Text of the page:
alberta tar sands

Fri, 2011-05-13 07:45TJ Scolnick
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A Less Dirty Energy Reliant Development Pathway In Alberta’s Future?

In July 2009, Alberta Premier Ed Stelmach created the Premier’s Council for Economic Strategy. This 12-member council of various global experts was convened to provide guidance on how the province should maintain its prosperity through 2040. Earlier this month, after nearly two years of research, public meetings and private debate, the experts released their long-awaited scoping report, Shaping Alberta’s Future: Report of the Premier’s Council for Economic Strategy [pdf].

Together they sought to answer [pdf]: “What intentional choices should Albertans be making now to shape our future, the future of our grandchildren and the future of our province?”

According to council Chair David Emerson, a business executive and former federal cabinet minister, the council took a distinctive approach when evaluating Alberta’s future: “Our starting place was a strong conviction that “business-as-usual” is not an option for Alberta.”

Thu, 2011-05-12 12:37Emma Pullman
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Spill Baby Spill? The 5,000 Alberta Oil Spills Industry Would Prefer You Did Not Know About

Right now, the oil and gas industry is holding its breath as the approval of two major tar sands pipelines hang in the balance. The $13 billion Keystone XL pipeline would significantly increase the Canadian export of of dirty tar sands bitumen to the U.S. by as much as 510,000 barrels a day. And, on this side of the border, the ferociously debated $5.5 billion, 1,170 kilometre Enbridge Northern Gateway pipeline would carry dirty tar sands bitumen to Kitimat, B.C., where it would be loaded onto supertankers bound for growing energy markets in Asia.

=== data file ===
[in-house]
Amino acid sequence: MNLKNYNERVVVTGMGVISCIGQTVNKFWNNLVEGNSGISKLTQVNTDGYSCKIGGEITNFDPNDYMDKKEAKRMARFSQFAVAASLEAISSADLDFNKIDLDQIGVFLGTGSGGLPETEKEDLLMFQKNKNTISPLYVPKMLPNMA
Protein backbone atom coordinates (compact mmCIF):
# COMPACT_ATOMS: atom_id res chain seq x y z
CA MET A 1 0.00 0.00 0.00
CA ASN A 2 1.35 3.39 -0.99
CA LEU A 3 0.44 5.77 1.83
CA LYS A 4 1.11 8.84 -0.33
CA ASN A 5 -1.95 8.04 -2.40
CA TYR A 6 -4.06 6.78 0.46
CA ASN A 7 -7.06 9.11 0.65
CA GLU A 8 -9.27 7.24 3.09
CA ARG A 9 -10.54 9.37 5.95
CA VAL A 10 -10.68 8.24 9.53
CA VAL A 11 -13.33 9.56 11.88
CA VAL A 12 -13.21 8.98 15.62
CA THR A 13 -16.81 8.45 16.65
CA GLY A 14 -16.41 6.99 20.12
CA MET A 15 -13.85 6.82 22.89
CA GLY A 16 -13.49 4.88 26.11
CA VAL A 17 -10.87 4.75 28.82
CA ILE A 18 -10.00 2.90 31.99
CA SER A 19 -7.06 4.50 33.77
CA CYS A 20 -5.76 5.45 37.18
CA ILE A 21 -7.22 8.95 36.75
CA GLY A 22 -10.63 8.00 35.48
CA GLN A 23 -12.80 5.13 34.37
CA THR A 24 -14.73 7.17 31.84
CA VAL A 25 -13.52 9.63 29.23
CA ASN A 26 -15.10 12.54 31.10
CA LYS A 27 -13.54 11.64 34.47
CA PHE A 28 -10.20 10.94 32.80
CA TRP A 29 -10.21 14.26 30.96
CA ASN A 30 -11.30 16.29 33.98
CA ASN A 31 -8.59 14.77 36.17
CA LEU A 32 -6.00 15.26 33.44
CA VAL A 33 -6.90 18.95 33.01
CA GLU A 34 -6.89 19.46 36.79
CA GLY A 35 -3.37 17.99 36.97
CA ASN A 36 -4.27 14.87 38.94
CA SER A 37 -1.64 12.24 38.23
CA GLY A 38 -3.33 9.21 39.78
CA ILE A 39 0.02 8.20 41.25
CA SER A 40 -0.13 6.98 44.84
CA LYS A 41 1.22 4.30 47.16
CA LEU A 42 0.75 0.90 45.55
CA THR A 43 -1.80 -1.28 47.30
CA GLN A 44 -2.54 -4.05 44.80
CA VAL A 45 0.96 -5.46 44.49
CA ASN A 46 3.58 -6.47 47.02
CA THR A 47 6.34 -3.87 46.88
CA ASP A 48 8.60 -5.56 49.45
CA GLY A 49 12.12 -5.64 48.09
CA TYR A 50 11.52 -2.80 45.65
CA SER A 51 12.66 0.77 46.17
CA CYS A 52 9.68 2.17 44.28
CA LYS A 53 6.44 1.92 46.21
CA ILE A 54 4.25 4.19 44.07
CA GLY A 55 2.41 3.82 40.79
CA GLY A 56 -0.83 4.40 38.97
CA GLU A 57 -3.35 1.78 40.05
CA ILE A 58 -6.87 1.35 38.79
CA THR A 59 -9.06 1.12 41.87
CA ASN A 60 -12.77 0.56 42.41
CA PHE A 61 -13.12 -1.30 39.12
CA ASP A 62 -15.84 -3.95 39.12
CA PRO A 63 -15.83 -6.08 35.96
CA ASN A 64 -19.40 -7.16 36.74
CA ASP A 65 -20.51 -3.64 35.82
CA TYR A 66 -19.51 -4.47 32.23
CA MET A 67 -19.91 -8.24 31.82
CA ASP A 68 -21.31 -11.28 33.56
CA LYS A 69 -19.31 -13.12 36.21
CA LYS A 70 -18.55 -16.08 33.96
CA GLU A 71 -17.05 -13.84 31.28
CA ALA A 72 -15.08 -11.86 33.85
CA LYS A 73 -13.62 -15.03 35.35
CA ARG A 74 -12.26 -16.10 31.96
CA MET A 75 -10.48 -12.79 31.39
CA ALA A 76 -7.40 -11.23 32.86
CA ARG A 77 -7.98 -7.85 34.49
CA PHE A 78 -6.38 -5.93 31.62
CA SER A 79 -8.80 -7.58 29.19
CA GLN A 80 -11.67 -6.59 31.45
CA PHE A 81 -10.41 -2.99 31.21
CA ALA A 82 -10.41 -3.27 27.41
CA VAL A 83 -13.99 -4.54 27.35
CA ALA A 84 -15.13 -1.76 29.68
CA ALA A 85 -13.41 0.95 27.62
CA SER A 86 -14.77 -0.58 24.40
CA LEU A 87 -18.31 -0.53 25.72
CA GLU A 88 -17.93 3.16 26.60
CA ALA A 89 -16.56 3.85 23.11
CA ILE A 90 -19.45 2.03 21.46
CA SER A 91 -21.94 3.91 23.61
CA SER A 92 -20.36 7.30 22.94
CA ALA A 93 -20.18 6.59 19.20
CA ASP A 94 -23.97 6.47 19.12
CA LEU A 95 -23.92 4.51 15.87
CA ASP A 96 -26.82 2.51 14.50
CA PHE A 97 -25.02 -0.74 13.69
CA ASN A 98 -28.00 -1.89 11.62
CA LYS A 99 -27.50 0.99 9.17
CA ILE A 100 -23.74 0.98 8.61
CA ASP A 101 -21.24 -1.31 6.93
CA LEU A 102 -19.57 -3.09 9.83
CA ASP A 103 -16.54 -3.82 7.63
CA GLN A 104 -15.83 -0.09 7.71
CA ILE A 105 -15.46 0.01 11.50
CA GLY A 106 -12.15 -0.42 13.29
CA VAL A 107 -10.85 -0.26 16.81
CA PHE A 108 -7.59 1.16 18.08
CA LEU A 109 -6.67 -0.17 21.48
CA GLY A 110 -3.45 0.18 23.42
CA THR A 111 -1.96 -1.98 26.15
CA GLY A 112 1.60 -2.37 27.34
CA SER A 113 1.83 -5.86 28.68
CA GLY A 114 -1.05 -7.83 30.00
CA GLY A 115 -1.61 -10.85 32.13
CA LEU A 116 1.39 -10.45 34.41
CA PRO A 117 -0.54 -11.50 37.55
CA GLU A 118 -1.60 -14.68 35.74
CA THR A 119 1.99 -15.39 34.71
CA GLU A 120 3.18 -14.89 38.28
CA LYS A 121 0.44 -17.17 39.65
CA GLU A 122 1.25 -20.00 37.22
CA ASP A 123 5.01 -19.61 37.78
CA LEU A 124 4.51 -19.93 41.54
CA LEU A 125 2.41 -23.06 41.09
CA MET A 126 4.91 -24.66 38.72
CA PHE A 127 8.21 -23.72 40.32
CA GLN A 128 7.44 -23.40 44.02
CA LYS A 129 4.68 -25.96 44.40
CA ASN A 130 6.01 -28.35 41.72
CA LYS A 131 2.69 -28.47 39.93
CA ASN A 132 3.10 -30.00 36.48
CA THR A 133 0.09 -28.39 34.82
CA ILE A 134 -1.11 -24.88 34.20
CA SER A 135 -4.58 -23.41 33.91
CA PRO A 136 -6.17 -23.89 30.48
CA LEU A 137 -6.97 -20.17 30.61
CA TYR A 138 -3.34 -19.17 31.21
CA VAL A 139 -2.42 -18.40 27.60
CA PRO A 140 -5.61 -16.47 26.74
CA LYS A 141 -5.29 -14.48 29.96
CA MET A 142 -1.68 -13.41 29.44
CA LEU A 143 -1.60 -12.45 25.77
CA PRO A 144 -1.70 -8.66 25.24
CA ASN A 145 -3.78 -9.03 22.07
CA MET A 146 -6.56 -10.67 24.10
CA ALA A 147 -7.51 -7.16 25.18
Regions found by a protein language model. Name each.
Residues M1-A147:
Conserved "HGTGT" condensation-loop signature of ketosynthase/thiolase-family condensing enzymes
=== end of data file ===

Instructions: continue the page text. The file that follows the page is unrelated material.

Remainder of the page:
As the decisions near, a series of major oil spills in the last year have highlighted the dangers these two pipelines pose, particularly given the major expansion of tar sands production they would enable. 

This week, a pump-station equipment failure at a TransCanada pipeline caused 80,000 litres of oil to spill in North Dakota. The Keystone system has suffered 12 leaks since it opened last June, all of them related to equipment failures at pump stations. Despite the frequent spill record, the pipeline is due to resume operations on Saturday

Thu, 2011-03-31 04:45Matthew Carroll
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European Union Pushing Back on Canada's Taxpayer Funded Tar Sands Lobbying

Canada Europe flags oiled

Canada does not - as yet - export much tar sands oil to Europe. So why, you might ask, have the Canadian and Alberta governments been working overtime using tax dollars to fund a massive misinformation and lobbying campaign on the other side of the Atlantic?

There’s a clue in this press release from January announcing Alberta Energy Minister Ron Liepert’s $40,000 lobbying jaunts to the US and Europe: “The European Union is not currently a major market for Alberta’s oil sands products, but any legislation or tariffs adopted by the union’s government can serve as a model for individual nations around the world. We want to continue to share our story with the legislators so they have the facts about our clean energy strategies”

(I’ll let the “clean energy strategies” rubbish slide for now.)